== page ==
Growing Food & Land Access/Security with Urban and Peri-Urban Farms on Faithlands

Interfaith Food and Farms Conference

On August 25th, UCCE's Urban Ag & Food Systems Program tabled, paneled and supported the 8th Annual Food, Faith and Farms Conference in San Rafael, CA, hosted by Interfaith Sustainable Food Collaborative. The national Faithlands Conference, coordinated between Interfaith and the Agrarian Trust, which hosts the national Faithlands web page as a hub for sharing resources, followed on August 26-27. Rob Bennaton, Urban Ag and Food Systems Advisor, was panel moderator for the Successful Farms and Gardens on Faith Community Owned Lands panel. Julia Van Soelen Kim, North Bay Food Systems Advisor led a workshop focused on Making the Most of Commercial Kitchens, and Vince Trotter, Sustainable Ag Coordinator & Agricultural Ombudsman with UCCE Marin County, led a different workshop on Halal and Kosher: Exploring Relationships with Local Small Livestock Producers. Julio Contreras, UCCE Community Education Specialist III with the UCCE Urban Ag & Food Systems Program, shared urban farming information, supported and facilitated throughout the conference.

The discussion was on one of the most challenging hurdles for beginning and immigrant farmers: securing land to grow food. Meanwhile, religious institutions own lands throughout the United States that are often suitable for agriculture. These plots of land may vary in size from a 1,000 square foot community garden to over 100 acres. Partnerships can allow faith groups to simultaneously save resources, advance food security, connect traditional faith-based stories to land and agriculture, and help small farmers overcome economic and structural barriers. The presenters described innovative projects, including a farmer leasing from a Seventh Day Adventist middle school that successfully transferred ownership 3 times in Sonoma County, CA. There was also a farmer who leased land from her church while developing a farm project, allowing for her to scale to the point she qualified for a USDA loan for a piece of land that has a home and infrastructure. Finally, partnerships were highlighted in which a perennial food forest and seed bank on the grounds of a 4-acre Episcopal Church site were established.

The Faithlands movement is growing nationally to connect and inspire faith communities to use their land in new ways that promote ecological and human health, support local food and farming, enact reparative justice, and strengthen communities. On the Agrarian Trust's Faithlands web page, download the free FAITHLANDS TOOLKIT A Guide to Transformative Land Use. Interfaith is a regional and national organization which supports congregations of all faiths, denominations and backgrounds by connecting them with farmers and supporting farm stand initiation, farmers markets, and CSAs.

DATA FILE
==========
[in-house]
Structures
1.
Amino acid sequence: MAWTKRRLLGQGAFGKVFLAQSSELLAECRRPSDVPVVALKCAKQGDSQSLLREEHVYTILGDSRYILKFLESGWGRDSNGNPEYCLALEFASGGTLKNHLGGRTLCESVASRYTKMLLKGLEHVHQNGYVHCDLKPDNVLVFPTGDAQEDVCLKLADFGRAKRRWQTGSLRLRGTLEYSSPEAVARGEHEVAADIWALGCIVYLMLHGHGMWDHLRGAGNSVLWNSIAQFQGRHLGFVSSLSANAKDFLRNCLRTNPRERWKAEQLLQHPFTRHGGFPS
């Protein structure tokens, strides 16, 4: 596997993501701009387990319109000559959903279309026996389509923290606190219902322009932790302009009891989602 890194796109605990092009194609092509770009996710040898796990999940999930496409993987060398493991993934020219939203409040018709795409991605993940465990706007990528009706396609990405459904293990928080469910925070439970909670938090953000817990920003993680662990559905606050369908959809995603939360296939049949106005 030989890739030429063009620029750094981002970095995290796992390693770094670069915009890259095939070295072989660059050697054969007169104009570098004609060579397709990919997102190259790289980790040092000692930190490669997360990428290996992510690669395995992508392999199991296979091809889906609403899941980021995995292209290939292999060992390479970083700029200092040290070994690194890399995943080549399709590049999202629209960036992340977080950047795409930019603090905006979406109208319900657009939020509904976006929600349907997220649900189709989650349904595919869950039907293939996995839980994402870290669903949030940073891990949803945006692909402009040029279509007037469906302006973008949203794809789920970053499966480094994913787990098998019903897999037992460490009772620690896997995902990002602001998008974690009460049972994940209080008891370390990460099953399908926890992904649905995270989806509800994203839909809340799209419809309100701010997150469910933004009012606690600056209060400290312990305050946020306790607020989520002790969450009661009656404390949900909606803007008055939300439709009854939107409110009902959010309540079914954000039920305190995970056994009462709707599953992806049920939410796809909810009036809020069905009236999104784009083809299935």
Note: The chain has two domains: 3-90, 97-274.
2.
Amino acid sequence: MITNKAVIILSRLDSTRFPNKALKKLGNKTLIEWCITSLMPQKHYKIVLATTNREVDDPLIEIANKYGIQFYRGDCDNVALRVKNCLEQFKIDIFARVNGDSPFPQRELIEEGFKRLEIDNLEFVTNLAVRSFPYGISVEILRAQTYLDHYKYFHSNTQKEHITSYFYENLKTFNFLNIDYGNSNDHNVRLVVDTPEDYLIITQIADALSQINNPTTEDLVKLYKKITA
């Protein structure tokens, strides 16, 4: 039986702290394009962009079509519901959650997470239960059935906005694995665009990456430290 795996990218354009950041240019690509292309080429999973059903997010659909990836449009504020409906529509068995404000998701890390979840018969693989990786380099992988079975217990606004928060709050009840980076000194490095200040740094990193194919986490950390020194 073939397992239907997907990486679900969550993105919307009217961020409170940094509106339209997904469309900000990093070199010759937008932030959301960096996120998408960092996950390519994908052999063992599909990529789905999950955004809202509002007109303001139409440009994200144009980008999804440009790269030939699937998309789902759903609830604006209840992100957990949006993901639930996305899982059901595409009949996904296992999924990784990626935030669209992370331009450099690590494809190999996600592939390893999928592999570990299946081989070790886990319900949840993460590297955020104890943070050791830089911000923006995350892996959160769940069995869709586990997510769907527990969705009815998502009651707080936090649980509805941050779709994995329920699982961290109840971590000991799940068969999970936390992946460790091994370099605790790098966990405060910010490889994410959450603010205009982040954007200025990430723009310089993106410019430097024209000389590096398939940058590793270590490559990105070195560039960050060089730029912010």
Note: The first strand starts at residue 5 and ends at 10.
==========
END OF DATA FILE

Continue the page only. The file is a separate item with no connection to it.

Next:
The idea is innovative and yet traditional, since so many faith-based groups are doing community-based food systems work, such as emergency food distribution, operating commercial-scale kitchens, or stewarding lands that could be cultivated by local farmers.

In particular, lands stewarded by faith-based groups in urban areas present a huge opportunity for cultivation by urban farmers, given high costs of land values in cities. Land for Good is another great organization that supports land transfers for farming and the development of land use agreements. Their amazing ToolBox web page has significant resources for building and negotiating leases for- and with- farmers and landowners.

The conference had a great turnout with powerful speakers and groups doing inspiring work around the nation. Speaker Rabbi Justin Goldstein from Yesod Farm+Kitchen in Fairview, North Carolina, opened the conference, sharing key points on building relationships for indigenous lands stewardship, and the process of returning this unceded land. Food justice and sustainability leaders representing 47 different religious communities were in attendance. While most came from the North Bay and East Bay, there were also participants from elsewhere in California and eight other states.

As described on the Interfaith Sustainable Food Collaborative website, “For the first time the conference included tours of farms and gardens at 7 different faith-community sites. Diverse speakers included 8 farmers growing food on lands owned by religious institutions. Ammar Ahmed of Islamic Circle of North America in Washington, D.C. spoke about the response of Muslim communities in the U.S. to hunger during theCOVID Pandemic. He called on attendees to help with the national effort by Muslim and Jewish groups to urge USDA to make kosher and halal meat available to observant Jews and Muslims through an emergency food program. Advocates are concerned about protein options available to observant individuals who utilize TEFAP, The Emergency Food Assistance Program (A letter signed by some 47 members of Congress went toUSDA last week; we will keep the Interfaith Food network apprised of how to help with this work.)” - Steve Schwartz, Executive Director, Interfaith Sustainable Food Collaborative. 

In the Bay Area, South Berkeley, East and West Oakland, and South Hayward congregations have established small farms and gardens with their congregations. UCCE's Urban Ag & Food Systems Program with Alameda County RCD and Interfaith is providing technical support to a new East Alameda Gurdwara farming initiative managed by the Sikh community there. If you know of a faith-based group interested in this work, please reach out to Interfaith Sustainable Food Collaborative. Our Urban Ag collaborative team is also ready to work with you.